What do we produce? Why are there so many pick up trucks and SUVs on our roads pot hole and all. Something is wrong with our psyche. This present set of Bajan will cause the country to be in debt for the next 100 years. It all about consuming, They want every gadget on the market. Politicians keep feeding them this narrative that we punching above our weight and we can do better. High wages and low productivity will be our downfall. It is only Tourism and a new mosquito borne disease could speed up that downfall.

  2. It is interesting to count the word “devaluation” in the media. Compare the numbers for 2015, 2016 and 201. You will see how close we are to the finish line.

    It will even be more interesting to see what will happen to projects during construction, if they are hit by devaluation in the middle of the process. If I was a bankster, I won´t issue any new loans for any project for the next two years. The risk is too high.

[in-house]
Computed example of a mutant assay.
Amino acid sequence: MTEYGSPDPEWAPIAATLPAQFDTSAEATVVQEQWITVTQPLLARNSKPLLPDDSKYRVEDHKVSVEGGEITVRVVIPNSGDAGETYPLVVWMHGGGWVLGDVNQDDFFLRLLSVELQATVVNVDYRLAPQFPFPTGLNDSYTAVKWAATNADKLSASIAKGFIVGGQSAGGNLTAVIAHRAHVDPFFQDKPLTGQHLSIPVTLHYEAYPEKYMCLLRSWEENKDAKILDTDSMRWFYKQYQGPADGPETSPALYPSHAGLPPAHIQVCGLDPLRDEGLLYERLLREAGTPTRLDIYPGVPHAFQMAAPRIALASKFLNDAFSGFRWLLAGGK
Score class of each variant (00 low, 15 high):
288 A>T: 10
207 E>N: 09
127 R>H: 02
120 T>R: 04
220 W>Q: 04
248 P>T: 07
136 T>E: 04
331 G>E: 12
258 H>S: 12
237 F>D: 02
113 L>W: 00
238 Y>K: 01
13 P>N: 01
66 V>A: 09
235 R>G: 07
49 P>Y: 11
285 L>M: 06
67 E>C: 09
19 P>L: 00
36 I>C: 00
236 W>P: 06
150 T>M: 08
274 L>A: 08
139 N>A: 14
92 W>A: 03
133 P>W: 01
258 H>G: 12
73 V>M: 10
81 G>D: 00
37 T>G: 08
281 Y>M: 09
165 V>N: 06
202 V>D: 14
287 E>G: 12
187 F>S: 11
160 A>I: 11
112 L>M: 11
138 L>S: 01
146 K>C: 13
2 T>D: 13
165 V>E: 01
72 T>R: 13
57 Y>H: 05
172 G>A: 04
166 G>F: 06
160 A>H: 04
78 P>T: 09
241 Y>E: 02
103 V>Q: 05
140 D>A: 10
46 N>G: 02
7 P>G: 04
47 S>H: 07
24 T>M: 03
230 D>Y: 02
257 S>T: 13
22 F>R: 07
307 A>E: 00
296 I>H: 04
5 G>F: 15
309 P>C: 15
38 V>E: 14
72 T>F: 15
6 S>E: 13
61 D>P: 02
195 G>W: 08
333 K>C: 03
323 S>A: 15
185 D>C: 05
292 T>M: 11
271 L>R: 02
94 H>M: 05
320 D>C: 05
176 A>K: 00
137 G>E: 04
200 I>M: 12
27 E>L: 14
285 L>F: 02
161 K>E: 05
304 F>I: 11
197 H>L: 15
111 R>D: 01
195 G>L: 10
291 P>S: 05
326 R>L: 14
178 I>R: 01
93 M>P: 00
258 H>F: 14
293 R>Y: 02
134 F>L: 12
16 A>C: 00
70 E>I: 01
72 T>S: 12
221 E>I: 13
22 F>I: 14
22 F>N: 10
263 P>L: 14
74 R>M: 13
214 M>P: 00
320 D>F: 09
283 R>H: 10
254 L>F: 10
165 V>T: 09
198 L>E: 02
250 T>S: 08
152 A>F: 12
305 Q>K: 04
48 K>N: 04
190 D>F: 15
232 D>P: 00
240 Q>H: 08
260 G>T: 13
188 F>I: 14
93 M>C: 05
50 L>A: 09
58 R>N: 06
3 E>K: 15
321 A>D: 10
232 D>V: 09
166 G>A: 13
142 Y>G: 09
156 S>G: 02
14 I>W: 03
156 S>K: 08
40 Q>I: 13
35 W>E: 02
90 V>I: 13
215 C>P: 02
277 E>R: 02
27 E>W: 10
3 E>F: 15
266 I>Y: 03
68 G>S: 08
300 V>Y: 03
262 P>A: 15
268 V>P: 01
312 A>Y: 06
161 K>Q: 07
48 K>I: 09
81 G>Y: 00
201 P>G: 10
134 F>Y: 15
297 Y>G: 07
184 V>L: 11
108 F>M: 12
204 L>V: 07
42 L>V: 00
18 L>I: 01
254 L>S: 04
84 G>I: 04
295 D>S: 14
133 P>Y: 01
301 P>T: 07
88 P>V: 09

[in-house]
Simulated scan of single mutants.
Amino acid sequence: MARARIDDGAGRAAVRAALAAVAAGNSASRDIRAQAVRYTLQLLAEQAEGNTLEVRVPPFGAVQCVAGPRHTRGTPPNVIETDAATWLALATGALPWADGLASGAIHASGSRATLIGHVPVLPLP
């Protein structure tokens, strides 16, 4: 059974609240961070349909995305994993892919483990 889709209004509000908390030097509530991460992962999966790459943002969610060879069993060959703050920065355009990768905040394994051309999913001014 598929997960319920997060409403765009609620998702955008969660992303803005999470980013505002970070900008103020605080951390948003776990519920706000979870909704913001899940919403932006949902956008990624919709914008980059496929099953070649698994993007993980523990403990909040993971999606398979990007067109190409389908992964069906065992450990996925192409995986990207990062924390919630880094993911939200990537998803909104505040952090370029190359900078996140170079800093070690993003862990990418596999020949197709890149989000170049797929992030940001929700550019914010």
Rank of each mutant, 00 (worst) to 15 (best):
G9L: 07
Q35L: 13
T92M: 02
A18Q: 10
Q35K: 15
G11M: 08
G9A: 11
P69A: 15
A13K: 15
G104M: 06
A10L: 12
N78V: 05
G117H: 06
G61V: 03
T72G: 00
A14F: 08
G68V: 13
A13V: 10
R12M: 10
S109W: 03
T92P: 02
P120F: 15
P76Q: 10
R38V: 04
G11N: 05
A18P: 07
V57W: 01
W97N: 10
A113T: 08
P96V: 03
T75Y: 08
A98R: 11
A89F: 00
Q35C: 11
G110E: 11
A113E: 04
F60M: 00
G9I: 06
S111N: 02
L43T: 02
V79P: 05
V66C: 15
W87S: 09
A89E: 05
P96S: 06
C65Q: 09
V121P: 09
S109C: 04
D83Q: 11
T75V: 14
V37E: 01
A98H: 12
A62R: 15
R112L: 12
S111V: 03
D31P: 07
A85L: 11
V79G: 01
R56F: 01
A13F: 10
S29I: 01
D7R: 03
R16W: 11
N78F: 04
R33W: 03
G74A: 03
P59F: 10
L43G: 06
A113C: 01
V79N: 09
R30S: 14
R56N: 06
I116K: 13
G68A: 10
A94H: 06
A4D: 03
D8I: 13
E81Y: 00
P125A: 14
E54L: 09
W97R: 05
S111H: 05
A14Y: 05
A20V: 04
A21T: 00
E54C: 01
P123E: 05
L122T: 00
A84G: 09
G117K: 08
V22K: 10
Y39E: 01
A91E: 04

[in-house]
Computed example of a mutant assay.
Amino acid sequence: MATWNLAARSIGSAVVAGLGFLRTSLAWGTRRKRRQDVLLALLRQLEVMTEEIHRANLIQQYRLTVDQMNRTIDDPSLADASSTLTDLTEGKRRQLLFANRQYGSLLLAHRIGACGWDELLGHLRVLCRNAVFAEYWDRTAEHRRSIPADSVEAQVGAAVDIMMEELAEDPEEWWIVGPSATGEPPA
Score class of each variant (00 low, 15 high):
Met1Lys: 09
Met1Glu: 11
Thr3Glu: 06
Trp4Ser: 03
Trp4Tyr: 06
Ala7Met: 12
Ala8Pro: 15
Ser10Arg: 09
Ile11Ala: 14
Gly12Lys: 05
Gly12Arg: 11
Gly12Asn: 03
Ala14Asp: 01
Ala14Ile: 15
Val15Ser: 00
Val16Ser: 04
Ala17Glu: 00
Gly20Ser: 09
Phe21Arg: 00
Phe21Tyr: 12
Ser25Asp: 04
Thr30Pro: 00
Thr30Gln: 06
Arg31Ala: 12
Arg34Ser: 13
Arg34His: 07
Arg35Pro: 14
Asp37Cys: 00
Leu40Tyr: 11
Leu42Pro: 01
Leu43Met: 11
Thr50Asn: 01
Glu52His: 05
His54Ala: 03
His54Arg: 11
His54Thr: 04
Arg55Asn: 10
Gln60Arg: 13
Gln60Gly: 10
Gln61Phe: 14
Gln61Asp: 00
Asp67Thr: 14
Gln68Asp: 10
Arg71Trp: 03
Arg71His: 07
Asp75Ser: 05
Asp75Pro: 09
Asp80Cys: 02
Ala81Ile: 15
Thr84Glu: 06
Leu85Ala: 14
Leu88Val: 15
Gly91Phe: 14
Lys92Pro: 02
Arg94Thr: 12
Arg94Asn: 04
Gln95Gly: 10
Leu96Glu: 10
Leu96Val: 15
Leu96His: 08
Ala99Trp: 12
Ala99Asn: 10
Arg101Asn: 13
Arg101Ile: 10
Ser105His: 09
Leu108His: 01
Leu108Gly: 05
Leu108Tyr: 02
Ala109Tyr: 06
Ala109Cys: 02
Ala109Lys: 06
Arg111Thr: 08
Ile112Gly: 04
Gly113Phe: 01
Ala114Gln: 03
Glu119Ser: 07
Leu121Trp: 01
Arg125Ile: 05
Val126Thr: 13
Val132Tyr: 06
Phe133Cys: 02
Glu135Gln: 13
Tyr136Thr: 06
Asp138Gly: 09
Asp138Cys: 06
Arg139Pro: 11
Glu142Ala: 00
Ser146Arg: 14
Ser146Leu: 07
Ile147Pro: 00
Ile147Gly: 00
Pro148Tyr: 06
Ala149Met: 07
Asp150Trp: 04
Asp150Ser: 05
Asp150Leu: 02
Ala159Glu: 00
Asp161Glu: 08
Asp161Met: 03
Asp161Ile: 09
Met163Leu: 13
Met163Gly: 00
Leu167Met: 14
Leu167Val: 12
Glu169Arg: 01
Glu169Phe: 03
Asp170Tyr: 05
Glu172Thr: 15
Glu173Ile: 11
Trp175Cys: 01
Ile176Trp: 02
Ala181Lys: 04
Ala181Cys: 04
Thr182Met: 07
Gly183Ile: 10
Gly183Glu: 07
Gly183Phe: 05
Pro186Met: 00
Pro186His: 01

3. @Tron
    all these same banks have also operated in Guyana, T&T and J’ca, economies which have devalued many times. They know how to handle it. Even the larger publicly traded companies face currency risk in the myriad of markets in which they operate. And when currencies fluctuate too much, deals are set in $US.
    Ultimately, it is people, not the government, who determine the value of a currency. As long as $US are readily available little will happen. Yet, the pressure is being applied from two sides, decreasing reserves of $US and an increasing supply of $Bds. At some point, along the current trajectory, demand for $US will outstrip the supply and people will be willing to pay more than $2Bds for a $US.